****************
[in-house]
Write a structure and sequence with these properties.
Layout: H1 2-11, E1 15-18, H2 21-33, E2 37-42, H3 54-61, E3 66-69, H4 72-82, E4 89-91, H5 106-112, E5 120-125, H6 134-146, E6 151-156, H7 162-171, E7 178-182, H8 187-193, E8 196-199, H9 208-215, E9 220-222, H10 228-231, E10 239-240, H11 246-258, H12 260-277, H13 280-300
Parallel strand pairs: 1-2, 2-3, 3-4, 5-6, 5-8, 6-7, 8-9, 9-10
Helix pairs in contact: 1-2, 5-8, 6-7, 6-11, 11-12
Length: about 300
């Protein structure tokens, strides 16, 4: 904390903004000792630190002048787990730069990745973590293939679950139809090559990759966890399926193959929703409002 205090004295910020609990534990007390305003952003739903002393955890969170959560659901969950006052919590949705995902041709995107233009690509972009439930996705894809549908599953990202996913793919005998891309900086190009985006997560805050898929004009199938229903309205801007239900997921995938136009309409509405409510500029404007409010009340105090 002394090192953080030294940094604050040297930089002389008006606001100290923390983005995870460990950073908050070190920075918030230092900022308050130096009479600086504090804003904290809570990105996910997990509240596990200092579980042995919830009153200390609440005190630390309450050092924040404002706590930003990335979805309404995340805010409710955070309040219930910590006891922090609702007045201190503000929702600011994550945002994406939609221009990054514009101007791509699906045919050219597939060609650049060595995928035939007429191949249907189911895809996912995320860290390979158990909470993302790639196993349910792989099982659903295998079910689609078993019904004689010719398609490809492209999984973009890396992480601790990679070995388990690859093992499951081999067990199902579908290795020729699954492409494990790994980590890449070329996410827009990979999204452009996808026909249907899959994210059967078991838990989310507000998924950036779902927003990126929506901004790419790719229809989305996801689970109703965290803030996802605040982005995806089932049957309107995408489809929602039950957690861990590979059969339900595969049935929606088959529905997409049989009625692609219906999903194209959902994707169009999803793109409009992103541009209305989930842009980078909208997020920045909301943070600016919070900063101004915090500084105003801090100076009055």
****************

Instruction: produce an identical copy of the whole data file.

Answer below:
[in-house]
Write a structure and sequence with these properties.
Layout: H1 2-11, E1 15-18, H2 21-33, E2 37-42, H3 54-61, E3 66-69, H4 72-82, E4 89-91, H5 106-112, E5 120-125, H6 134-146, E6 151-156, H7 162-171, E7 178-182, H8 187-193, E8 196-199, H9 208-215, E9 220-222, H10 228-231, E10 239-240, H11 246-258, H12 260-277, H13 280-300
Parallel strand pairs: 1-2, 2-3, 3-4, 5-6, 5-8, 6-7, 8-9, 9-10
Helix pairs in contact: 1-2, 5-8, 6-7, 6-11, 11-12
Length: about 300
């Protein structure tokens, strides 16, 4: 904390903004000792630190002048787990730069990745973590293939679950139809090559990759966890399926193959929703409002 205090004295910020609990534990007390305003952003739903002393955890969170959560659901969950006052919590949705995902041709995107233009690509972009439930996705894809549908599953990202996913793919005998891309900086190009985006997560805050898929004009199938229903309205801007239900997921995938136009309409509405409510500029404007409010009340105090 002394090192953080030294940094604050040297930089002389008006606001100290923390983005995870460990950073908050070190920075918030230092900022308050130096009479600086504090804003904290809570990105996910997990509240596990200092579980042995919830009153200390609440005190630390309450050092924040404002706590930003990335979805309404995340805010409710955070309040219930910590006891922090609702007045201190503000929702600011994550945002994406939609221009990054514009101007791509699906045919050219597939060609650049060595995928035939007429191949249907189911895809996912995320860290390979158990909470993302790639196993349910792989099982659903295998079910689609078993019904004689010719398609490809492209999984973009890396992480601790990679070995388990690859093992499951081999067990199902579908290795020729699954492409494990790994980590890449070329996410827009990979999204452009996808026909249907899959994210059967078991838990989310507000998924950036779902927003990126929506901004790419790719229809989305996801689970109703965290803030996802605040982005995806089932049957309107995408489809929602039950957690861990590979059969339900595969049935929606088959529905997409049989009625692609219906999903194209959902994707169009999803793109409009992103541009209305989930842009980078909208997020920045909301943070600016919070900063101004915090500084105003801090100076009055």